Decision making is at the core of stock management. It has rational components and emotional ones. Emotional intelligence is now recognized as a full part of intelligence and persons can be helped to improve it. This knol attempts to collect material regarding the emotional intelligence aspect of stock trading.
Emotional intelligence is:
Understanding / mastering one’s own emotions,
Understanding the emotions of others,
Using those understanding for the benefit of all.
The human factor in trading and the role of emotions
Emotional aspects that traders should be aware of
Positive or negative energy
Whatever the automaticity of some of their behaviors, human beings are not just cold mechanical beings. Emotions are usually needed to drive their actions. A lack of emotion kills the desire to act.
On the other hand too strong emotions, expressing excessive pain or elation, can overwhelm rational thinking and wisdom, affect perception, representation and decision making.
The emotions that might impact trading
- Greed / hope / optimism / wishful thinking, and even magical thinking and illusion of control.
- Fear / aversion / pessimism.
- Sometimes compensated by inventing “good stories” and false beliefs to avoid the pain created by the unknown, the fundamental uncertainty of a complex and changing world
- Emotional asymmetry: the prospect theory shows how players tend to give more mental value to losses than to gain.
- Mental accounts: different risk attitudes / changes of risk attitude according the origins of funds (savings or windfalls). Also forgetting to take into account transaction costs, inflation…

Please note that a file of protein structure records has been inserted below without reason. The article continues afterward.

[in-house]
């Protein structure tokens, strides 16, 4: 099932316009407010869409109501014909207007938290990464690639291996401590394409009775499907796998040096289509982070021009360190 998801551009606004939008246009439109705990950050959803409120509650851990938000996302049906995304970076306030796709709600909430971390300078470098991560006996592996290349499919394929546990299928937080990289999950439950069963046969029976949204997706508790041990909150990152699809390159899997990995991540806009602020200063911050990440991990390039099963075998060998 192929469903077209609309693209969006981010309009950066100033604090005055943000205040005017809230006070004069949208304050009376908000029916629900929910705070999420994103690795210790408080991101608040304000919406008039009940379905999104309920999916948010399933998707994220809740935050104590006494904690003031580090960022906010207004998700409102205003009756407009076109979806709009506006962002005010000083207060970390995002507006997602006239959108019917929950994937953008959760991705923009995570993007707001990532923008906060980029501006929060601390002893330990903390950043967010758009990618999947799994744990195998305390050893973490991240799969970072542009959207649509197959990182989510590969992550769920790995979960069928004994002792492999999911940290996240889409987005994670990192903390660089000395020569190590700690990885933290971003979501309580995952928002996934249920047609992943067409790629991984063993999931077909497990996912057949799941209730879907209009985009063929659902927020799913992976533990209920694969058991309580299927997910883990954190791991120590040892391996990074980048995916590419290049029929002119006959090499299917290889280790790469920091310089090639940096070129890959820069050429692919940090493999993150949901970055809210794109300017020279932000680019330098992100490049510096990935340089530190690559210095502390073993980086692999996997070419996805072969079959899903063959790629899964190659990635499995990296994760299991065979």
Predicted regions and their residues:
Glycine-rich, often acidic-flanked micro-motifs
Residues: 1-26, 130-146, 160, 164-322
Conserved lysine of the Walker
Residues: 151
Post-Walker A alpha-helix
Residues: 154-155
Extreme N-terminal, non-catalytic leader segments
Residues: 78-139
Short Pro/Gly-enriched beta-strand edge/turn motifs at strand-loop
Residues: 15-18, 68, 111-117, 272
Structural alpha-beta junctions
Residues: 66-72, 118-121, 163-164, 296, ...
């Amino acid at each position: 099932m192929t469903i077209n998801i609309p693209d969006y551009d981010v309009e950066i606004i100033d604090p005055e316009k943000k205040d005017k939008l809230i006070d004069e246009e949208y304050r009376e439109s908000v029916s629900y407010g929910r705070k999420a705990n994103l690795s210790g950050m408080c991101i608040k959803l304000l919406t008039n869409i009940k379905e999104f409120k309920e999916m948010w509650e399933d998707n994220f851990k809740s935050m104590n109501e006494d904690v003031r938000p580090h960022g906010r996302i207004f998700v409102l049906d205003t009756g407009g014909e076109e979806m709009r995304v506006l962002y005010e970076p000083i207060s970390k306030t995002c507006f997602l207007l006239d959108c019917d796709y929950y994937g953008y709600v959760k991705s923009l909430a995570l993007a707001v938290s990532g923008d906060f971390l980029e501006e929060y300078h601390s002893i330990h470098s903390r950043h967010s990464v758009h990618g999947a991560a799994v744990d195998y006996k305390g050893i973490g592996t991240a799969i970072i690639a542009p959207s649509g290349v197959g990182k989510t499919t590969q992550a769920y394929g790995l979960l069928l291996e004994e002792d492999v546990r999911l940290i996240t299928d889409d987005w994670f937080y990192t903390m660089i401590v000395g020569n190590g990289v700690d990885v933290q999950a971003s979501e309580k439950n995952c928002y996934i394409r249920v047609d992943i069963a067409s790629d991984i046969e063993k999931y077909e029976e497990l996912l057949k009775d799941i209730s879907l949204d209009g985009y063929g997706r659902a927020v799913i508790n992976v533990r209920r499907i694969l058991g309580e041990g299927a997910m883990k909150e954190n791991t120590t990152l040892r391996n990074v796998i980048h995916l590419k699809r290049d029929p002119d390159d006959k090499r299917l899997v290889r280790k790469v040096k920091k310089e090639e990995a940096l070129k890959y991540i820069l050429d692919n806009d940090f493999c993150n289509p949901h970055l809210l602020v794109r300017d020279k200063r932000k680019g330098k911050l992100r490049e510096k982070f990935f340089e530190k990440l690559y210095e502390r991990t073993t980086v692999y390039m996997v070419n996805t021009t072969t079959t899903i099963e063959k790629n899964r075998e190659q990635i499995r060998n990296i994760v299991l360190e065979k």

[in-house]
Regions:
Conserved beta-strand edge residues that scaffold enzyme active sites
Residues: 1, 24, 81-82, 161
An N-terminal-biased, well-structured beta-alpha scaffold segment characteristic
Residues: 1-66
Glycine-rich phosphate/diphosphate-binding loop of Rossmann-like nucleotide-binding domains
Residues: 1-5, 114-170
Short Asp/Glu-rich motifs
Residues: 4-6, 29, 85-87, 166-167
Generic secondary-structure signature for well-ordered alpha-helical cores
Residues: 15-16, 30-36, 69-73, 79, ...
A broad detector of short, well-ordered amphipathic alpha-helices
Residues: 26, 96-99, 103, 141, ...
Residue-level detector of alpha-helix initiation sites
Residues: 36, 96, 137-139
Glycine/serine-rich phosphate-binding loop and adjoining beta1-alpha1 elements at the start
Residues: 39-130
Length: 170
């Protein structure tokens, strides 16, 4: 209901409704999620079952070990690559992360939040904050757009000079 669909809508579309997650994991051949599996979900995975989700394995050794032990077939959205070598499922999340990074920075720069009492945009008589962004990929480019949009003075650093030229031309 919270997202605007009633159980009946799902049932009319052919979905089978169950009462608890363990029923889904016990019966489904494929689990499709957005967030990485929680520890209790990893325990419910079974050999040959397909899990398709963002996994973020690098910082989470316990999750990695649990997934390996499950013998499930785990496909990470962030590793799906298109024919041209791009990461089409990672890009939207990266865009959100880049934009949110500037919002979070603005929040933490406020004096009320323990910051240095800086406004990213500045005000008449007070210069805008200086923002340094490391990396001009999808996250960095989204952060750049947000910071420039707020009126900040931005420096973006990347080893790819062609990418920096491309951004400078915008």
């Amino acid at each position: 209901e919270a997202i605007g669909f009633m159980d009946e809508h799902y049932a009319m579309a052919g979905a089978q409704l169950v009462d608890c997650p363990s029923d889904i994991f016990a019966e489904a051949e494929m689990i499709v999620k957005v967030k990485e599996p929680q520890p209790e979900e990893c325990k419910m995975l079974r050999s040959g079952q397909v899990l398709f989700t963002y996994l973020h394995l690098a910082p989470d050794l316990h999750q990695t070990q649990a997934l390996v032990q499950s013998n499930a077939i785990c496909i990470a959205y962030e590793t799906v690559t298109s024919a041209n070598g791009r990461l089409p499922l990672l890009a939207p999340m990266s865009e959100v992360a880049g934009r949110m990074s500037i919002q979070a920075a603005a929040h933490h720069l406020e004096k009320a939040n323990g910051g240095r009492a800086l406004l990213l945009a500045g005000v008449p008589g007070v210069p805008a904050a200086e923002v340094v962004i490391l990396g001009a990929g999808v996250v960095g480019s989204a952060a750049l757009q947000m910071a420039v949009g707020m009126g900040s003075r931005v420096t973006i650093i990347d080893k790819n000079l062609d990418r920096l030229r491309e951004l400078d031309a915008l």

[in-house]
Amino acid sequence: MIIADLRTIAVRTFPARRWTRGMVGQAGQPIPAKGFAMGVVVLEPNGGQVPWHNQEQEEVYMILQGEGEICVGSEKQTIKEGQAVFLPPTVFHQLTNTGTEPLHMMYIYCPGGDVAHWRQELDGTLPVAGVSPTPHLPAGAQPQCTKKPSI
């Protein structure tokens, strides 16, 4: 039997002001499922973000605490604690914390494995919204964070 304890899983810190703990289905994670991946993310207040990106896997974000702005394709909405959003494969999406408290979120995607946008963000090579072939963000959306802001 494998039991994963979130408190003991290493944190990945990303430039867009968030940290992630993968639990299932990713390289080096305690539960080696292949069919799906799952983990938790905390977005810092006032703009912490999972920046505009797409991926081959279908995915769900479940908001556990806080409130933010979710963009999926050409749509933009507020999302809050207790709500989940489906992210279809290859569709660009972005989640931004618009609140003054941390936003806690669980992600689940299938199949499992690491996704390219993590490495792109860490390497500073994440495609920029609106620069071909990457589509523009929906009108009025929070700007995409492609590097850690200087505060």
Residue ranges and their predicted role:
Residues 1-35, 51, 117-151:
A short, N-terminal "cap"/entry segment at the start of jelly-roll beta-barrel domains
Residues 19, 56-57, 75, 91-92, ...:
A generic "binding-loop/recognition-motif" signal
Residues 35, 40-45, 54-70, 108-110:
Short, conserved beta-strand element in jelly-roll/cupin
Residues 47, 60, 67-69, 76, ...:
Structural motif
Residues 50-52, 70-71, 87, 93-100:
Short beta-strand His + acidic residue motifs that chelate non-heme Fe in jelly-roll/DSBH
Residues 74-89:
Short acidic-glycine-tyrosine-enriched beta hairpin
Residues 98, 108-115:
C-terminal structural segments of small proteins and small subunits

- Haste and hyperactivity (noise trading…) - or procrastination.
- Stress control vs. collapse under stress and uncertainty.
- Willpower and discipline …or the lack or them making for erratic or counterproductive behavior.
- Getting carried away from one’s goals by uncontrolled emotions.
- Independence – Mixed or not with empathy.
- Affect heuristic (personalization): deciding in relation with the pleasant or unpleasant feeling towards a person or an organisation more than via an objective analysis. Madoff’s clients liked him!
- Mimicry, obedience, peer pressure, herd mentality, consensus.
- Also excessive trust in analysts, experts and medias.
- “Foot in the door” (emotional commitment to previous decision, endowment as the feeling that what is owned has more value than what the market offers).
- Overconfidence / pride / narcissism / hubris / illusion of competence or knowledge.
- Envy, a negative feeling towards colleagues which successes are considered undeserved. Such rivalry can lead to disastrous risk taking.
- Neither over- / under- confidence: selflessness / objective wisdom.
Clear or fuzzy motives? What preferences (are they transitive?), goals, needs, motivations ? Do actions have a good chance to meet the goals (a definition of rationality) ? And are those goals themselves “rational” (here in the sense of as far as possible non damaging)? Is for example status / trophy seeking erasing a sense of rational self-interest?